Some internet research led me to an entomologist at Cornell University, Scott McArt, who was kind enough to reply:
"From what you describe, it’s very likely a colony that swarmed. During swarming, half of the bees will leave the hive with their old queen, while the other half of the bees will stay in the hive with a new queen. The exiting bees will typically leave the hive and congregate on a nearby branch for a few minutes or hours, then move on to the next branch (or their new home, once they’ve found it). It’s an impressive sight when thousands of bees assemble onto the branches and/or move en masse to the next location, hence why it’s called a “swarm”."
"Mid-April is a bit early for swarming, but not unheard of, especially since there’s been some warm weather and flowers popping up over the past few weeks. Aside from a bear getting into the hive, it’s really the only reason you’d see thousands of bees up in a tree right now. So if you didn’t see a bear, I’d say you saw a swarm :)"
Another bee sighting was much more subtle. Over the past month, the most numerous spring ephemeral wildflower has been the spring beauty. Again working on a trail, I happened one day to look down and see a tiny bee visiting one. I was crouching down to catch a photo when the bee dropped off the flower and stood motionless among the dead leaves--reminiscent of the freezing behavior rabbits use when approached. The same happened another day when I again sought a photo.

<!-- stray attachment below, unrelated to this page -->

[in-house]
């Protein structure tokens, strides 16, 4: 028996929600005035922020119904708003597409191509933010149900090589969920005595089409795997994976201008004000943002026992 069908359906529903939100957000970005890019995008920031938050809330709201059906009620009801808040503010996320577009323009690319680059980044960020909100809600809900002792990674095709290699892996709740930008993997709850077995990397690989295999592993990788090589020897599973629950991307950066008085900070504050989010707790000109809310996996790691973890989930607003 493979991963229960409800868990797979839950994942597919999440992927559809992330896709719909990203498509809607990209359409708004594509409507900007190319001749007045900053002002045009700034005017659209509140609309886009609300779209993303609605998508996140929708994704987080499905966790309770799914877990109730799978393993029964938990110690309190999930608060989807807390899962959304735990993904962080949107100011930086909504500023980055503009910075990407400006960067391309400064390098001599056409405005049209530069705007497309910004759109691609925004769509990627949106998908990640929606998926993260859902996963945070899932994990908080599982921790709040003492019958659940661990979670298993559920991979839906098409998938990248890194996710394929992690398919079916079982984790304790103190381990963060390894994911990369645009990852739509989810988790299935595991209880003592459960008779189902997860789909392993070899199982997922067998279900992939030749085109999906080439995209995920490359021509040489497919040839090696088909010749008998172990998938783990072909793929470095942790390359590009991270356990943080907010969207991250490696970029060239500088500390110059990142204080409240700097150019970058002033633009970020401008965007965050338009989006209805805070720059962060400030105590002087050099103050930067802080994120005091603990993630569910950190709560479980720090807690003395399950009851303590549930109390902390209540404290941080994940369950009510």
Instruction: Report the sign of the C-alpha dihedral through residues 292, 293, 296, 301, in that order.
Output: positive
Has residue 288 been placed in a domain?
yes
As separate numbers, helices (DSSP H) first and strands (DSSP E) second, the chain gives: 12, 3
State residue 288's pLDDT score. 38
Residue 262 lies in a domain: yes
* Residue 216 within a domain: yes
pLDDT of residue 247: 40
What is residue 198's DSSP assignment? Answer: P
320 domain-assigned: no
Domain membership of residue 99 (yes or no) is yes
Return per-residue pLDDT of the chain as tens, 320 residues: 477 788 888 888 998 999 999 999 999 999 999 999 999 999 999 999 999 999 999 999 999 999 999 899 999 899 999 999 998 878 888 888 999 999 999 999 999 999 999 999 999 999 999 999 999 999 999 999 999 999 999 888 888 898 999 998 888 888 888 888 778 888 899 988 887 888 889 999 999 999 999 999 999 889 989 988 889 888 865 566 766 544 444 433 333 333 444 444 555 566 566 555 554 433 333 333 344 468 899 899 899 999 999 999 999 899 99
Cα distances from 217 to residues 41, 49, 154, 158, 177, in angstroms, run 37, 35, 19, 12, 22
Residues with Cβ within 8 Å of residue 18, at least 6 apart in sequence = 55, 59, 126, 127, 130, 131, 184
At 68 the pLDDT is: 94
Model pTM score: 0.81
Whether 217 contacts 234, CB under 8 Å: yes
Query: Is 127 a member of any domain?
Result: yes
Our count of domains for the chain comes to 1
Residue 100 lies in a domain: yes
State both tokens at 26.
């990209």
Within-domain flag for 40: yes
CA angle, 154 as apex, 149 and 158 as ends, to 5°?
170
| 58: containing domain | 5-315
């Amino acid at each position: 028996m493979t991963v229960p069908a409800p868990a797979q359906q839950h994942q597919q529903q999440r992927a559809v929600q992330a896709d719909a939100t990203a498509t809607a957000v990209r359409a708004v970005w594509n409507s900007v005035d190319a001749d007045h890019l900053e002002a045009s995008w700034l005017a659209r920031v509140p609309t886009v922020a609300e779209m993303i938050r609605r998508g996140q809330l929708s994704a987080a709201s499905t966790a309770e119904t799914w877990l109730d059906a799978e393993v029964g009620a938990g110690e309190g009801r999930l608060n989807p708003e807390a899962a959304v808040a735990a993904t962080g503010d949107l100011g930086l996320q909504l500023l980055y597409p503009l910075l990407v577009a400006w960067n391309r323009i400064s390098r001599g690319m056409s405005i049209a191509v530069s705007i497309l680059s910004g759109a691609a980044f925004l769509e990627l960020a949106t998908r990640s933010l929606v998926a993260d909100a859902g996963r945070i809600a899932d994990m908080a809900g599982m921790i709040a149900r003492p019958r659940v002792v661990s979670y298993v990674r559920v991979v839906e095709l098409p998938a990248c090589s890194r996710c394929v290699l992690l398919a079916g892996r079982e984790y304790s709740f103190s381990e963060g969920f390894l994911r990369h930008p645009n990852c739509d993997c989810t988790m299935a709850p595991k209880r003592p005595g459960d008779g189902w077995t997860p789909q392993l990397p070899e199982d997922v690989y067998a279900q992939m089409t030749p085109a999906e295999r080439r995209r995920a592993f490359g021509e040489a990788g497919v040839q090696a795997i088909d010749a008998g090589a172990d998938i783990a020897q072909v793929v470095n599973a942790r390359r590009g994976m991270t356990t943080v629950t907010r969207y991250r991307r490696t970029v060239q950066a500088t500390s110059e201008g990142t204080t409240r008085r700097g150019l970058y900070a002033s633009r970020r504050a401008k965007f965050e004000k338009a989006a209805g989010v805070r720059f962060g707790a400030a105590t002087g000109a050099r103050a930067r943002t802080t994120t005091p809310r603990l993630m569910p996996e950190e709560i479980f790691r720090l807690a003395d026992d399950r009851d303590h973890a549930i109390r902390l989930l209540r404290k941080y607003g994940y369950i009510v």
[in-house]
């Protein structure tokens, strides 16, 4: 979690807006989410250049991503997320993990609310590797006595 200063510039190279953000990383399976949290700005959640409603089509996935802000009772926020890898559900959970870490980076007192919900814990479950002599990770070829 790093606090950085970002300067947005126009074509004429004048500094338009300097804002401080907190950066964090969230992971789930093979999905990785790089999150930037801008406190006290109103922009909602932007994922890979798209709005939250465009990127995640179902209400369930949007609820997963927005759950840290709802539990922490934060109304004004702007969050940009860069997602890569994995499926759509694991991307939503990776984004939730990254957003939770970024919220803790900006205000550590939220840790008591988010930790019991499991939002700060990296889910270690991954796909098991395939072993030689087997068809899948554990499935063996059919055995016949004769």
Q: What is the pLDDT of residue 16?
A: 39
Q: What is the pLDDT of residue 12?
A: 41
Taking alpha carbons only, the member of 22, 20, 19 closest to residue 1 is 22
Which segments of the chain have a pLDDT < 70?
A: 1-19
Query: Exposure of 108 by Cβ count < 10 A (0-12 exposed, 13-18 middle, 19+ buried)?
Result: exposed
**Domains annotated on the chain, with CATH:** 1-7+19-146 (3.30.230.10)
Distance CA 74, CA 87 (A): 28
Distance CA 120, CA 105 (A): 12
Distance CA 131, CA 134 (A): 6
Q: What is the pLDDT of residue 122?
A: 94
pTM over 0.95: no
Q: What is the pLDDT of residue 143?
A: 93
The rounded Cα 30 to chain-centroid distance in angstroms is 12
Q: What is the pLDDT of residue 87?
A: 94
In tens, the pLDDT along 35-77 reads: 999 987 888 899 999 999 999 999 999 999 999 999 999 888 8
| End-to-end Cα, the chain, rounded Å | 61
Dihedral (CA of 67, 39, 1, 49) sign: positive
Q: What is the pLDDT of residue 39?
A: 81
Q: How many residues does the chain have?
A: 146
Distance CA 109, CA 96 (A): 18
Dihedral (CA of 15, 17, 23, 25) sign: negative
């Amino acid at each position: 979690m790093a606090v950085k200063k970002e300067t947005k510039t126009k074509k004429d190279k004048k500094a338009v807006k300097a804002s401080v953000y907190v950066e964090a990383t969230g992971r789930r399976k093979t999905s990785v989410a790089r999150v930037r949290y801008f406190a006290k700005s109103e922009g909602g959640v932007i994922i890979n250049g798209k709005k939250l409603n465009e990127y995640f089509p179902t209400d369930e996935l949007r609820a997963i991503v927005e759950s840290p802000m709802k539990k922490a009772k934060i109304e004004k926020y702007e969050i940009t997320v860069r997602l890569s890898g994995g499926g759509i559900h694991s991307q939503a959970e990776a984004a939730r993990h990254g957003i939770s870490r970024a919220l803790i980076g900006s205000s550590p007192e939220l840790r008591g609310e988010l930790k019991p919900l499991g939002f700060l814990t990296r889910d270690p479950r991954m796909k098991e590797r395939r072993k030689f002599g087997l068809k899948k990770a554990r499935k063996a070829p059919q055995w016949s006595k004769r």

"Unlike honey bees, which congregate in hives, most of the forest bees are loners that spend the bulk of their lives in the ground. They emerge for just a few weeks in early spring to pollinate flowering plants, shrubs and trees before the forest leafs out and shades the understory from the sun.As a botanist, I had naturally assumed that all bees were designed by plants.
Many are "specialists," Droege said, focusing on a particular type of plant or flower.
For example, he said, there's a bee that specializes in collecting nectar and pollen from spring beauty, a ground-hugging pink or white wildflower that's one of the earliest harbingers of spring. One can't exist without the other, he said. In fact, many flowers have features that attract particular pollinators, while discouraging or excluding others.
"Flowers were all designed by bees," Droege said, over millennia of co-evolution."
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